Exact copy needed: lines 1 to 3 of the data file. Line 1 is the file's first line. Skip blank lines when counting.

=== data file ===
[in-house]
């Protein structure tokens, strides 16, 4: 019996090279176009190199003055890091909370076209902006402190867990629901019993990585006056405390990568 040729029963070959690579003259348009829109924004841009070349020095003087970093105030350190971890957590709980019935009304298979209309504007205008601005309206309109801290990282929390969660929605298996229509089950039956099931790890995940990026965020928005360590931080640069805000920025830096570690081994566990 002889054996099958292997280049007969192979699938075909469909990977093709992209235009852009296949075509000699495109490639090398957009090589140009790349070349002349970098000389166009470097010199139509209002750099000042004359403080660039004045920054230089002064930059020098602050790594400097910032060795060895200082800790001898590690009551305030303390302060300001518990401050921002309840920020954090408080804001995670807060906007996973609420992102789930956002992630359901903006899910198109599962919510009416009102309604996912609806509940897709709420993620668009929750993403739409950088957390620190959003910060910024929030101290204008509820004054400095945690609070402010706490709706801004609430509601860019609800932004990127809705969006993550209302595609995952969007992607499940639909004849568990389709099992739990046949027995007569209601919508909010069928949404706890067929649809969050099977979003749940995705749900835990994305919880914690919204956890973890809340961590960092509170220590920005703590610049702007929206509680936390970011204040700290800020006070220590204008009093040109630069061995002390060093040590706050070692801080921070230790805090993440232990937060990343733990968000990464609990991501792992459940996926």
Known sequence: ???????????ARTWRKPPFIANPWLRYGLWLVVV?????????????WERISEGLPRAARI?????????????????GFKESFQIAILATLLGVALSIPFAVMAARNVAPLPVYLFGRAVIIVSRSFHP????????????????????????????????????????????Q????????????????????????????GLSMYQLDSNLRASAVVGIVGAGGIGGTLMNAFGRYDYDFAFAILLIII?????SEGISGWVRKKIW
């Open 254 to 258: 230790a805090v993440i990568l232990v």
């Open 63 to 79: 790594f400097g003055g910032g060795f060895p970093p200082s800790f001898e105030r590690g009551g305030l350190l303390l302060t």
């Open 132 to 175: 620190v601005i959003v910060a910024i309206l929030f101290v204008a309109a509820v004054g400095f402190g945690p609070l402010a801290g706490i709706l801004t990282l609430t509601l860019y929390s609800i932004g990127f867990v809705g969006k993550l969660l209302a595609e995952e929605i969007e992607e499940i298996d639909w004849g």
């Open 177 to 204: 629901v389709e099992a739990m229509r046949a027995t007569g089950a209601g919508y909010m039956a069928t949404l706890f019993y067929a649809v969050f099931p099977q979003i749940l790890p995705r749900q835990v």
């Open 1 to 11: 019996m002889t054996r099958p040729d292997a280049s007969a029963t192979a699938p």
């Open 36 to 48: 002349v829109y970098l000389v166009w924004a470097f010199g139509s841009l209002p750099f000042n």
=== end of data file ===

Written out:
[in-house]
């Protein structure tokens, strides 16, 4: 019996090279176009190199003055890091909370076209902006402190867990629901019993990585006056405390990568 040729029963070959690579003259348009829109924004841009070349020095003087970093105030350190971890957590709980019935009304298979209309504007205008601005309206309109801290990282929390969660929605298996229509089950039956099931790890995940990026965020928005360590931080640069805000920025830096570690081994566990 002889054996099958292997280049007969192979699938075909469909990977093709992209235009852009296949075509000699495109490639090398957009090589140009790349070349002349970098000389166009470097010199139509209002750099000042004359403080660039004045920054230089002064930059020098602050790594400097910032060795060895200082800790001898590690009551305030303390302060300001518990401050921002309840920020954090408080804001995670807060906007996973609420992102789930956002992630359901903006899910198109599962919510009416009102309604996912609806509940897709709420993620668009929750993403739409950088957390620190959003910060910024929030101290204008509820004054400095945690609070402010706490709706801004609430509601860019609800932004990127809705969006993550209302595609995952969007992607499940639909004849568990389709099992739990046949027995007569209601919508909010069928949404706890067929649809969050099977979003749940995705749900835990994305919880914690919204956890973890809340961590960092509170220590920005703590610049702007929206509680936390970011204040700290800020006070220590204008009093040109630069061995002390060093040590706050070692801080921070230790805090993440232990937060990343733990968000990464609990991501792992459940996926």
Known sequence: ???????????ARTWRKPPFIANPWLRYGLWLVVV?????????????WERISEGLPRAARI?????????????????GFKESFQIAILATLLGVALSIPFAVMAARNVAPLPVYLFGRAVIIVSRSFHP????????????????????????????????????????????Q????????????????????????????GLSMYQLDSNLRASAVVGIVGAGGIGGTLMNAFGRYDYDFAFAILLIII?????SEGISGWVRKKIW